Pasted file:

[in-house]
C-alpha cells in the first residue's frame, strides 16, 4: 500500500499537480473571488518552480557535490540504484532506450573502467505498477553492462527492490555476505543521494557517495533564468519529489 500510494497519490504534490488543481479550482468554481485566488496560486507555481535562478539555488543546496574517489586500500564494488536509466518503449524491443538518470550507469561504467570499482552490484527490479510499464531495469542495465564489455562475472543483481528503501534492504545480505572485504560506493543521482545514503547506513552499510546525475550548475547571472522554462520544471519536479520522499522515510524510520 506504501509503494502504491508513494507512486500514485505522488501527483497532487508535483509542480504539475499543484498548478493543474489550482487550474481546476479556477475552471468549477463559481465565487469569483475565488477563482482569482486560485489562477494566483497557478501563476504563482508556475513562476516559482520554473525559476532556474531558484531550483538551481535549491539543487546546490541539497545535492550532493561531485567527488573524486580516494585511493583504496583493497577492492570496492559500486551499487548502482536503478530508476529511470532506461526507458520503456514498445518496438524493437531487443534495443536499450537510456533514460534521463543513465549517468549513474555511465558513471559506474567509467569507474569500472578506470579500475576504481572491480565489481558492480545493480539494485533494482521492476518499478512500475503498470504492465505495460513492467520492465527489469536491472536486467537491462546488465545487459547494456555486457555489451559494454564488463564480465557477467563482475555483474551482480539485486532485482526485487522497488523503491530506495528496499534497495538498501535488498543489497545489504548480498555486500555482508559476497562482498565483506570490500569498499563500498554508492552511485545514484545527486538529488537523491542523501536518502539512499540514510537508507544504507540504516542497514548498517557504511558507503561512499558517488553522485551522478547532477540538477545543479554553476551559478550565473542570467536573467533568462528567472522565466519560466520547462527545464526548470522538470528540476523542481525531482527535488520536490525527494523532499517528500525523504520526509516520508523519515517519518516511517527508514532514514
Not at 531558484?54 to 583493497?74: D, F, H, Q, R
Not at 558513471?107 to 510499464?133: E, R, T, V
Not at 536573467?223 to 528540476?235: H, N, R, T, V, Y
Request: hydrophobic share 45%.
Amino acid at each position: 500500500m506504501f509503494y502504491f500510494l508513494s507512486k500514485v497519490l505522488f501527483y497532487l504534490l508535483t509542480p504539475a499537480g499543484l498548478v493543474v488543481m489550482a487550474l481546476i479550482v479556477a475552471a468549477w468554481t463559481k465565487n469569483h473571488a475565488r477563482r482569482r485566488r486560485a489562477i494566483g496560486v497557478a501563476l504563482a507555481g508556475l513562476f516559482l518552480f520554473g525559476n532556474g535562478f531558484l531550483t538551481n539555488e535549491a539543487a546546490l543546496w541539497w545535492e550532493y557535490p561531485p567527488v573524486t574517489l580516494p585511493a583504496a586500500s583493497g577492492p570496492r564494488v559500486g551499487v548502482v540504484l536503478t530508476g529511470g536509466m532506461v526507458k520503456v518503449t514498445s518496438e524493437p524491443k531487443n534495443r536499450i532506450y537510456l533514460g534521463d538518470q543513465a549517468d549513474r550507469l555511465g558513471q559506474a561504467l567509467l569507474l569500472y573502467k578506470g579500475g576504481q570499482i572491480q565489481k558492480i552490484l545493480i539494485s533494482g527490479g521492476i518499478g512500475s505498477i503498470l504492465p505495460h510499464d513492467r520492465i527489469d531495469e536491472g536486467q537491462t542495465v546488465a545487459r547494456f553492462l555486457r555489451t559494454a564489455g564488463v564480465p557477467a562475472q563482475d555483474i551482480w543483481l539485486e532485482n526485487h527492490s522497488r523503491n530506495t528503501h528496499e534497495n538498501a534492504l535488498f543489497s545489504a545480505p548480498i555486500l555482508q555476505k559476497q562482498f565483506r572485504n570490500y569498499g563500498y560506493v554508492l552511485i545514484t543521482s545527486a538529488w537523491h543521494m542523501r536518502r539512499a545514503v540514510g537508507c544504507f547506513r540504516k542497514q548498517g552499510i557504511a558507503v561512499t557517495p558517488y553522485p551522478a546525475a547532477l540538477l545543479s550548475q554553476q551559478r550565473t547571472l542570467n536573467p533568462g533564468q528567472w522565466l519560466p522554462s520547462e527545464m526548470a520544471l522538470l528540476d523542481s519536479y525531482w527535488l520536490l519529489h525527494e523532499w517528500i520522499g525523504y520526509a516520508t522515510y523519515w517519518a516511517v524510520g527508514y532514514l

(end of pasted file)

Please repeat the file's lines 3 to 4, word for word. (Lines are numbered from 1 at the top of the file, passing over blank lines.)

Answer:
Not at 531558484?54 to 583493497?74: D, F, H, Q, R
Not at 558513471?107 to 510499464?133: E, R, T, V